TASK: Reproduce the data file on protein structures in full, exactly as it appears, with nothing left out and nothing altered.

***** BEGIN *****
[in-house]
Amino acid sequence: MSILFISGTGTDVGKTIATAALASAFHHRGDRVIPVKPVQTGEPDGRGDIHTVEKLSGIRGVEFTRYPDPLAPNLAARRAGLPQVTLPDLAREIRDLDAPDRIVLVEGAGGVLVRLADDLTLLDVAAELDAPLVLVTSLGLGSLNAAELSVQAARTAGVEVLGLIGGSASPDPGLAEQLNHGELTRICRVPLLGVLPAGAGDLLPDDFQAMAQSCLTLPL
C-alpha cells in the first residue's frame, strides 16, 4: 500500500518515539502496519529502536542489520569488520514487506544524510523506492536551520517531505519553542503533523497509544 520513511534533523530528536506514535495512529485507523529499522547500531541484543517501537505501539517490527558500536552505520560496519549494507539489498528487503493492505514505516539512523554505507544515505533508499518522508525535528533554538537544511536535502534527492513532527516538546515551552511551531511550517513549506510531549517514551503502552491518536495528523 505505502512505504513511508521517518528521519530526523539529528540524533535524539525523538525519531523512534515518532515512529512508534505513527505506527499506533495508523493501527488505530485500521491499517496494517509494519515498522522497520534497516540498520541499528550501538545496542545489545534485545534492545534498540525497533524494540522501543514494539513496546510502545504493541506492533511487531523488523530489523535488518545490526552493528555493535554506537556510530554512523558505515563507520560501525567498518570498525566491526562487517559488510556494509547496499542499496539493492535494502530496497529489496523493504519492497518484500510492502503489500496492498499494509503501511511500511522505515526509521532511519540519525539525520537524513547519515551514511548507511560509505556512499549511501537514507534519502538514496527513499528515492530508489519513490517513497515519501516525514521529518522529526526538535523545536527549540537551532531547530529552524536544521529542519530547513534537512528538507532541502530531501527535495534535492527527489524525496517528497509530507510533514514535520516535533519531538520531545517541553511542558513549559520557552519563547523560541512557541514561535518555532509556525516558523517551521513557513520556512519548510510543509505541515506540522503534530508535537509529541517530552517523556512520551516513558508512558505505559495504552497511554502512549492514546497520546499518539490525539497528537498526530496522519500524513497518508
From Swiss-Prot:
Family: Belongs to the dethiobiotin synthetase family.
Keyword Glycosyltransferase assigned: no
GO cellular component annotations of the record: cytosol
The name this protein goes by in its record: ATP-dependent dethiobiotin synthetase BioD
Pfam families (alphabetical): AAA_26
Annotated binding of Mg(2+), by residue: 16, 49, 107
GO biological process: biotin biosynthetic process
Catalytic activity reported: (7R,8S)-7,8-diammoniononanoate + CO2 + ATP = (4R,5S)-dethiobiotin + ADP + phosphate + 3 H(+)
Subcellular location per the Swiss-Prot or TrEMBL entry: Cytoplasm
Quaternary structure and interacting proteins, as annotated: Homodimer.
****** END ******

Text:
[in-house]
Amino acid sequence: MSILFISGTGTDVGKTIATAALASAFHHRGDRVIPVKPVQTGEPDGRGDIHTVEKLSGIRGVEFTRYPDPLAPNLAARRAGLPQVTLPDLAREIRDLDAPDRIVLVEGAGGVLVRLADDLTLLDVAAELDAPLVLVTSLGLGSLNAAELSVQAARTAGVEVLGLIGGSASPDPGLAEQLNHGELTRICRVPLLGVLPAGAGDLLPDDFQAMAQSCLTLPL
C-alpha cells in the first residue's frame, strides 16, 4: 500500500518515539502496519529502536542489520569488520514487506544524510523506492536551520517531505519553542503533523497509544 520513511534533523530528536506514535495512529485507523529499522547500531541484543517501537505501539517490527558500536552505520560496519549494507539489498528487503493492505514505516539512523554505507544515505533508499518522508525535528533554538537544511536535502534527492513532527516538546515551552511551531511550517513549506510531549517514551503502552491518536495528523 505505502512505504513511508521517518528521519530526523539529528540524533535524539525523538525519531523512534515518532515512529512508534505513527505506527499506533495508523493501527488505530485500521491499517496494517509494519515498522522497520534497516540498520541499528550501538545496542545489545534485545534492545534498540525497533524494540522501543514494539513496546510502545504493541506492533511487531523488523530489523535488518545490526552493528555493535554506537556510530554512523558505515563507520560501525567498518570498525566491526562487517559488510556494509547496499542499496539493492535494502530496497529489496523493504519492497518484500510492502503489500496492498499494509503501511511500511522505515526509521532511519540519525539525520537524513547519515551514511548507511560509505556512499549511501537514507534519502538514496527513499528515492530508489519513490517513497515519501516525514521529518522529526526538535523545536527549540537551532531547530529552524536544521529542519530547513534537512528538507532541502530531501527535495534535492527527489524525496517528497509530507510533514514535520516535533519531538520531545517541553511542558513549559520557552519563547523560541512557541514561535518555532509556525516558523517551521513557513520556512519548510510543509505541515506540522503534530508535537509529541517530552517523556512520551516513558508512558505505559495504552497511554502512549492514546497520546499518539490525539497528537498526530496522519500524513497518508
From Swiss-Prot:
Family: Belongs to the dethiobiotin synthetase family.
Keyword Glycosyltransferase assigned: no
GO cellular component annotations of the record: cytosol
The name this protein goes by in its record: ATP-dependent dethiobiotin synthetase BioD
Pfam families (alphabetical): AAA_26
Annotated binding of Mg(2+), by residue: 16, 49, 107
GO biological process: biotin biosynthetic process
Catalytic activity reported: (7R,8S)-7,8-diammoniononanoate + CO2 + ATP = (4R,5S)-dethiobiotin + ADP + phosphate + 3 H(+)
Subcellular location per the Swiss-Prot or TrEMBL entry: Cytoplasm
Quaternary structure and interacting proteins, as annotated: Homodimer.